My great-grandmother’s name was Andrea (On-dre-a… not Anne-drei-a). That’s my middle name. While I never knew her personally, I feel an ancestral connection to my namesake. My family may not be of significance to the grander picture of world history. In fact, a lot of what’s here is merely stories–unable to be corroborated by the historical record. And yet. This is my grandmother’s name. This is purely a personal project. While I hope you enjoy reading stories about my family, my bigger hope is that you’ll be inspired to ask more questions about your family–biological or chosen. Sometimes, the best history isn’t written down in history books. Sometimes, the best history starts with a name.

We’ve experienced a lot of privilege in being able to trace much of our family through military and other records. Part of that is luck but there was also a lot of work put in by my dad to comb through record after record to piece together what little history was written down. However, my family is Mexican-American and therefore was not always considered of high importance in the realm of record-keeping in the United States. Some records simply do not exist for our family regardless of how much work is put into looking through historical records. While we know a lot about my family’s genealogy thanks to my dad’s historical mind, we don’t have everything. Part of this project is I’m attempting to remember one name in particular. My grandmother’s name. My 4x great grandmother’s name to be more specific. She’s the reason I have my last name. But I don’t know her name yet. To some, missing one name may not seem like a big deal but to me, her name is more than a name. It’s a story. It’s a story I want to know.

You can expect to read adventurous stories like about my 3x great grandfather Guillermo hiding gold during the Mexican Revolution. You can expect serious stories like about my grandmother’s experience of segregated movie theaters in Texas. You can expect some practical stories about how to pull a tooth out with some Tequila and pliers like my great grandmother Andrea. You can even expect some funny stories like about a boy who almost turned into a frog. The stories will range in their content because my family has many stories to tell. History is just story-telling anyways.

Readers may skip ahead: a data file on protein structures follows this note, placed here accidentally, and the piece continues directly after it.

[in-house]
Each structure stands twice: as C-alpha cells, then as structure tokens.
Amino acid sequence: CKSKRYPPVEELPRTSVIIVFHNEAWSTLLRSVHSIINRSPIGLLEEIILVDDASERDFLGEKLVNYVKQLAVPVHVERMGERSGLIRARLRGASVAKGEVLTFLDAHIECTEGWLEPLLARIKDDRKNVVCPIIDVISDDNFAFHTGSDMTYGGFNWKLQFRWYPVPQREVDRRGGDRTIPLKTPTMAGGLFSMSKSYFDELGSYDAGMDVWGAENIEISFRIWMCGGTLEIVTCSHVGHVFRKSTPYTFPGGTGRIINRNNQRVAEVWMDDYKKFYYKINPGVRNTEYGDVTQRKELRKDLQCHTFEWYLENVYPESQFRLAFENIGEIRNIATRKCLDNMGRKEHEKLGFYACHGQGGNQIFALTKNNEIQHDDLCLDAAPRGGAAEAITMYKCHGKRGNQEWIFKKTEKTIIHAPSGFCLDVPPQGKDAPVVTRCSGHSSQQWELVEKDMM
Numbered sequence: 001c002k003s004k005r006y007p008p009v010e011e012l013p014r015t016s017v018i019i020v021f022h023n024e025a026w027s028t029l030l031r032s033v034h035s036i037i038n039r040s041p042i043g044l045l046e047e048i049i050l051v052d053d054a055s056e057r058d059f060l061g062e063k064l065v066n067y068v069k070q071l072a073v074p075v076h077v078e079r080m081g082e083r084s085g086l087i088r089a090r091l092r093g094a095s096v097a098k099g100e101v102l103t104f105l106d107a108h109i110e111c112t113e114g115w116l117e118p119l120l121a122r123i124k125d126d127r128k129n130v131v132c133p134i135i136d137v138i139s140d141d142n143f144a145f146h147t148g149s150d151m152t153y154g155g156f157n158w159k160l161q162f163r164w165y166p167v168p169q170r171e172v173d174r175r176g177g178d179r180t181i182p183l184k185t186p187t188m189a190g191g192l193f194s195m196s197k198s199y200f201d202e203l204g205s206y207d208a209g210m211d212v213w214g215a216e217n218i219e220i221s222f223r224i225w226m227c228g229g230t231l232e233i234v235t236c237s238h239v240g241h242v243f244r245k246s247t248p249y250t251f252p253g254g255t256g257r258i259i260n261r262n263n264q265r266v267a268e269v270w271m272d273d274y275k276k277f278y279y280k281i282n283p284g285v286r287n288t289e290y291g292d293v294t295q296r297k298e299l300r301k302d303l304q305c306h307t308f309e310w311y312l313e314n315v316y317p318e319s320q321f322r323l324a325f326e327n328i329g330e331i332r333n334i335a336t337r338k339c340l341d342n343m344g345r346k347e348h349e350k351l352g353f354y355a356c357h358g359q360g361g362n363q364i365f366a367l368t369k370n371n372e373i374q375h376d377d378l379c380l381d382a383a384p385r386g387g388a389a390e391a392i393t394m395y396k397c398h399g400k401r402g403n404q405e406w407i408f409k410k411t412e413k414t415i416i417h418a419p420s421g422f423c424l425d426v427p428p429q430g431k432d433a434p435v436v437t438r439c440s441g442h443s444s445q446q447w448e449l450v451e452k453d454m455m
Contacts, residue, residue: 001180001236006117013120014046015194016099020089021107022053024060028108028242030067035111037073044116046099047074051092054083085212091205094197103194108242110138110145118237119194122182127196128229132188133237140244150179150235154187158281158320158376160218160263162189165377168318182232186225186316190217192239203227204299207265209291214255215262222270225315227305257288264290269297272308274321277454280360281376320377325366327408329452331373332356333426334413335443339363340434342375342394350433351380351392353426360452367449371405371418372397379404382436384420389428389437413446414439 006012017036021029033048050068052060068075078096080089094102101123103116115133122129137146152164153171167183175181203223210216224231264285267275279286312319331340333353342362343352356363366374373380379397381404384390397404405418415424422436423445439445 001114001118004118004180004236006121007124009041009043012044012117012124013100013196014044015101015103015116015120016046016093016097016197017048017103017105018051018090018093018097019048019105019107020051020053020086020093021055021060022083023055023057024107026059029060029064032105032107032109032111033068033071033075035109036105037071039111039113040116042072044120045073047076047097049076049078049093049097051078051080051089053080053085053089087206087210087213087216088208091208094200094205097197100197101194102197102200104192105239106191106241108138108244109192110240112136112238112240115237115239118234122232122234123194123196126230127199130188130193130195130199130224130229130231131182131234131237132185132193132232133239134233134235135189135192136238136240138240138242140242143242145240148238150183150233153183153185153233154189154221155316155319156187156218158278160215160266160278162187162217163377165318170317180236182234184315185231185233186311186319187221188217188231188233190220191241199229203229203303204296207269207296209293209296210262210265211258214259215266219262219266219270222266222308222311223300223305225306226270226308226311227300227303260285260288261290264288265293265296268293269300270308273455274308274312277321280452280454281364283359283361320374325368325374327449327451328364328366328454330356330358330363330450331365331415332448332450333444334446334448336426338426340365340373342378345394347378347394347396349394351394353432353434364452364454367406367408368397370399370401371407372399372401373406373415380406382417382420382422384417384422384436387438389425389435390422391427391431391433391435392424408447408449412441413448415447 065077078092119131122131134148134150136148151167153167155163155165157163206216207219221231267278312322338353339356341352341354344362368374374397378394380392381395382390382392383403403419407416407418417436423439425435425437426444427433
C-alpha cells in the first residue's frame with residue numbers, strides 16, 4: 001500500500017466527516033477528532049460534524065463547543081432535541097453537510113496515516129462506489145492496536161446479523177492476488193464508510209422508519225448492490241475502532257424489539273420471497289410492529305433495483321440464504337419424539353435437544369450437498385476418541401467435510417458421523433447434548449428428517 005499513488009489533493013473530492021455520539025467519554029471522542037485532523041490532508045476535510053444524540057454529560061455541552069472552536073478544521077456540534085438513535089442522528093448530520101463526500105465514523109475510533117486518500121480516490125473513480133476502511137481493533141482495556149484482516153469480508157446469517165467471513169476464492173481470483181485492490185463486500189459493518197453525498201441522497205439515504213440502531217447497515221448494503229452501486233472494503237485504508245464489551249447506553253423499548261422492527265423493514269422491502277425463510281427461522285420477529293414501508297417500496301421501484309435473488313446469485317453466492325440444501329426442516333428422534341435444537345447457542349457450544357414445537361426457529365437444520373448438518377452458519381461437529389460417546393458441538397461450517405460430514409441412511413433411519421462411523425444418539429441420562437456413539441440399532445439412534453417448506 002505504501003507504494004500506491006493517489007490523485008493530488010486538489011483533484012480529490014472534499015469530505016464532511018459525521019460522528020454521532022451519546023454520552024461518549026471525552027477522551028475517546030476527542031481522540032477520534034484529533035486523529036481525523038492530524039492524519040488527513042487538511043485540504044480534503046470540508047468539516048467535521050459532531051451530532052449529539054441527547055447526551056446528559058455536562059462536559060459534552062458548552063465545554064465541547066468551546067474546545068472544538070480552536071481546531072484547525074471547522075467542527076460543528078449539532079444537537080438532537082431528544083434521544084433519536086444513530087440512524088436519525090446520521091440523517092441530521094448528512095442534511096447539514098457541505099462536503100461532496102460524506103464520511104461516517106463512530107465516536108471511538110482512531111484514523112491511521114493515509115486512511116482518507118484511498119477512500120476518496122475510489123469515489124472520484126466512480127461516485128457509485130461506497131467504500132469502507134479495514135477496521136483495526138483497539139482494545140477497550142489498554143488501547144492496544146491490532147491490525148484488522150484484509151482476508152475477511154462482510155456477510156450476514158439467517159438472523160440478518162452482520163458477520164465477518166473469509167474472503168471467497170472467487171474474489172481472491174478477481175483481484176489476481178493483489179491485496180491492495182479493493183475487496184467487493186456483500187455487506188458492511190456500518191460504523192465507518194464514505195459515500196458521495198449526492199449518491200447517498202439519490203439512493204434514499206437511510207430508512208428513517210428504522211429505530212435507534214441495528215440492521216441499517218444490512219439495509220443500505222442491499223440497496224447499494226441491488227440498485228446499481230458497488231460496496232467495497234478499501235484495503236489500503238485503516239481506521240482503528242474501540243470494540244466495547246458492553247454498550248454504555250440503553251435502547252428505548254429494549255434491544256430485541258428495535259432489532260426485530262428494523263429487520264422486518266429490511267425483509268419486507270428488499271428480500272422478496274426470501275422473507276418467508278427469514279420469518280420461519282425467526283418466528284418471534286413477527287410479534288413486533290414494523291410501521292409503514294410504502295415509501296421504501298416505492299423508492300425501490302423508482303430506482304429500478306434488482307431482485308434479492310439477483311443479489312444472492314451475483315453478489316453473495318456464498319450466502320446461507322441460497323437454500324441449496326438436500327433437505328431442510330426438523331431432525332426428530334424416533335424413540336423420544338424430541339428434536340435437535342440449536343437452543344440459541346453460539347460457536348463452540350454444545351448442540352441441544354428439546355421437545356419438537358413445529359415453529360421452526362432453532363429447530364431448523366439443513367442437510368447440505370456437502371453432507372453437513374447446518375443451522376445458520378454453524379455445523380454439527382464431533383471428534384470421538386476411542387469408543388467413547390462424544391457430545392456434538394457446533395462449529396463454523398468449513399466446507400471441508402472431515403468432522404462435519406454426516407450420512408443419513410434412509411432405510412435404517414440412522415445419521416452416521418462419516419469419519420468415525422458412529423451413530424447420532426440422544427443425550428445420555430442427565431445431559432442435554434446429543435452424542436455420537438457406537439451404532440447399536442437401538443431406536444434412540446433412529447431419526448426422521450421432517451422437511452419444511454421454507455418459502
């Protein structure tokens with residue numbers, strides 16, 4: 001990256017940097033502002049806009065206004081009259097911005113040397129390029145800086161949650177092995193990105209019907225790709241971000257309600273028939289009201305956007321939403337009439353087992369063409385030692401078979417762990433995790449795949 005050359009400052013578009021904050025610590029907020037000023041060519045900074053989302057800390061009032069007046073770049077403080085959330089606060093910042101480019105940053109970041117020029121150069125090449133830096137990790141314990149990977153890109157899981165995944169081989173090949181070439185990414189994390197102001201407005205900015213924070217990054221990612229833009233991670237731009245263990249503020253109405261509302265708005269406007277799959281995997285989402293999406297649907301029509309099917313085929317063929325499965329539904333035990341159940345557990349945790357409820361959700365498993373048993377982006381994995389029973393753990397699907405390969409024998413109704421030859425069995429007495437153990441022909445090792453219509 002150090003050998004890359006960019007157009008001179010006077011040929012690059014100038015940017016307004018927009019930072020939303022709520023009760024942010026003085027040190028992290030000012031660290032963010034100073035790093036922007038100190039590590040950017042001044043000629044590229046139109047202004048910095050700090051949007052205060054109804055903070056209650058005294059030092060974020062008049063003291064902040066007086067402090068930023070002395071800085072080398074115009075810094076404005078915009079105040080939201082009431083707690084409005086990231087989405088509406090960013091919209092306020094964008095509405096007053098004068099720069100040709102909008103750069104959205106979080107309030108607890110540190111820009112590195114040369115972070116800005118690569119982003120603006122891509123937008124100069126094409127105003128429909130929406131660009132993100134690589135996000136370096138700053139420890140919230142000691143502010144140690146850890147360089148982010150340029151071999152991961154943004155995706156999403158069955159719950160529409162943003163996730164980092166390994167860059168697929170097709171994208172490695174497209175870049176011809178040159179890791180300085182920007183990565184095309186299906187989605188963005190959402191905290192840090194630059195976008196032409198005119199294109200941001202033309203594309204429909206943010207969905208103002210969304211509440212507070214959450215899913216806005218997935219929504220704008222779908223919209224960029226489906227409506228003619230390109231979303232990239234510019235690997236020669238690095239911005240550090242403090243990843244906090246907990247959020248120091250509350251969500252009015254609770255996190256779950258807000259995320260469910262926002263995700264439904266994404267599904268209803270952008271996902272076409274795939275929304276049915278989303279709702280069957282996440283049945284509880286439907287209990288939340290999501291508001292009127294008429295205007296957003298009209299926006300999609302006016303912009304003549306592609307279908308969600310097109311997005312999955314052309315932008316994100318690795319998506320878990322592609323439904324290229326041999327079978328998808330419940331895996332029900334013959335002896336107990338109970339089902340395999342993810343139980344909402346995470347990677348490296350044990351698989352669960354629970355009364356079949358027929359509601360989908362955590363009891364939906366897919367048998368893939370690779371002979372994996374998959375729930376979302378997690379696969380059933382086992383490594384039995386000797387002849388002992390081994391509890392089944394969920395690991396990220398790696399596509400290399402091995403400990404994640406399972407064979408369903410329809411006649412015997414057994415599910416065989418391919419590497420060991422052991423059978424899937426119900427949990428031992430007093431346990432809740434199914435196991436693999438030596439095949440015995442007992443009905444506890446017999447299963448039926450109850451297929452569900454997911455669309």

While we do our best to corroborate as much as we can with the historical record, the nature of this personal project is a written version of collected oral history. My dad (Manuel) is the primary storyteller. I collect his stories whether from his perspective or stories that have been passed down and then summarize them. This is not an exact history. You’re getting a story passed down the line. I believe there’s beauty in the art of a family story. The point is to collect the parts of our family history that we can while we can. There’s something to learn from how we tell our stories.